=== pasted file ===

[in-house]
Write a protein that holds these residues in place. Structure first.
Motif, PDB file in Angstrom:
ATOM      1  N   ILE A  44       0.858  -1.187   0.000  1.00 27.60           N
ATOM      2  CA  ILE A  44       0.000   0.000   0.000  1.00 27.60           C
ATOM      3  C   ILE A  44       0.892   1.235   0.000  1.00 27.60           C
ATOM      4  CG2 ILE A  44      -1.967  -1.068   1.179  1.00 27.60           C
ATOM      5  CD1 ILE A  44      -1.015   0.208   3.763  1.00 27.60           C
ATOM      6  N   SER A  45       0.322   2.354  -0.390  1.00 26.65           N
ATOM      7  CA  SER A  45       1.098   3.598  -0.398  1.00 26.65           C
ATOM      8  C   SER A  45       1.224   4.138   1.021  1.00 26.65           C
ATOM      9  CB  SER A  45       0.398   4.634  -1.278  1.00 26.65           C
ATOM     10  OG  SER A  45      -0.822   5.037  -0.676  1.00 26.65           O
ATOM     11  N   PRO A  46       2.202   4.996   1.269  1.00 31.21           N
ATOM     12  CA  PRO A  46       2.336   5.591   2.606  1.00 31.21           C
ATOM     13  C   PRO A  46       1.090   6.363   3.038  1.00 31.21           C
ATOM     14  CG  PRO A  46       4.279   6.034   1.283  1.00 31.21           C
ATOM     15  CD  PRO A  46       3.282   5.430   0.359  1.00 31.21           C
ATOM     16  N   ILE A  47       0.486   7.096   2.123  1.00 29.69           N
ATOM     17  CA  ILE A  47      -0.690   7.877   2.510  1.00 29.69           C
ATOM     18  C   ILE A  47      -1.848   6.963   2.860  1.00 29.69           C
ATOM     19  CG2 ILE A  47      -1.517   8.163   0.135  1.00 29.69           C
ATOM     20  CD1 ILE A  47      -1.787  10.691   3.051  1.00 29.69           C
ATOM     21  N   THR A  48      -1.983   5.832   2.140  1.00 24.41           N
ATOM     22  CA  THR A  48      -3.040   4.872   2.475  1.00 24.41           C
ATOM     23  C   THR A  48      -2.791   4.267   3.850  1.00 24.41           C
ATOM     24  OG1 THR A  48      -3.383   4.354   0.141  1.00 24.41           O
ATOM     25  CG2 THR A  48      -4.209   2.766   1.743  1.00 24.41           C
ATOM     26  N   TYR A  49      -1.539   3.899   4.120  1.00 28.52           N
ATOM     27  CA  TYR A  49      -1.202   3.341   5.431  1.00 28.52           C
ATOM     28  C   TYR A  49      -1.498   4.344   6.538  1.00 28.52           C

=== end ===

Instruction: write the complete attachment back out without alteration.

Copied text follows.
[in-house]
Write a protein that holds these residues in place. Structure first.
Motif, PDB file in Angstrom:
ATOM      1  N   ILE A  44       0.858  -1.187   0.000  1.00 27.60           N
ATOM      2  CA  ILE A  44       0.000   0.000   0.000  1.00 27.60           C
ATOM      3  C   ILE A  44       0.892   1.235   0.000  1.00 27.60           C
ATOM      4  CG2 ILE A  44      -1.967  -1.068   1.179  1.00 27.60           C
ATOM      5  CD1 ILE A  44      -1.015   0.208   3.763  1.00 27.60           C
ATOM      6  N   SER A  45       0.322   2.354  -0.390  1.00 26.65           N
ATOM      7  CA  SER A  45       1.098   3.598  -0.398  1.00 26.65           C
ATOM      8  C   SER A  45       1.224   4.138   1.021  1.00 26.65           C
ATOM      9  CB  SER A  45       0.398   4.634  -1.278  1.00 26.65           C
ATOM     10  OG  SER A  45      -0.822   5.037  -0.676  1.00 26.65           O
ATOM     11  N   PRO A  46       2.202   4.996   1.269  1.00 31.21           N
ATOM     12  CA  PRO A  46       2.336   5.591   2.606  1.00 31.21           C
ATOM     13  C   PRO A  46       1.090   6.363   3.038  1.00 31.21           C
ATOM     14  CG  PRO A  46       4.279   6.034   1.283  1.00 31.21           C
ATOM     15  CD  PRO A  46       3.282   5.430   0.359  1.00 31.21           C
ATOM     16  N   ILE A  47       0.486   7.096   2.123  1.00 29.69           N
ATOM     17  CA  ILE A  47      -0.690   7.877   2.510  1.00 29.69           C
ATOM     18  C   ILE A  47      -1.848   6.963   2.860  1.00 29.69           C
ATOM     19  CG2 ILE A  47      -1.517   8.163   0.135  1.00 29.69           C
ATOM     20  CD1 ILE A  47      -1.787  10.691   3.051  1.00 29.69           C
ATOM     21  N   THR A  48      -1.983   5.832   2.140  1.00 24.41           N
ATOM     22  CA  THR A  48      -3.040   4.872   2.475  1.00 24.41           C
ATOM     23  C   THR A  48      -2.791   4.267   3.850  1.00 24.41           C
ATOM     24  OG1 THR A  48      -3.383   4.354   0.141  1.00 24.41           O
ATOM     25  CG2 THR A  48      -4.209   2.766   1.743  1.00 24.41           C
ATOM     26  N   TYR A  49      -1.539   3.899   4.120  1.00 28.52           N
ATOM     27  CA  TYR A  49      -1.202   3.341   5.431  1.00 28.52           C
ATOM     28  C   TYR A  49      -1.498   4.344   6.538  1.00 28.52           C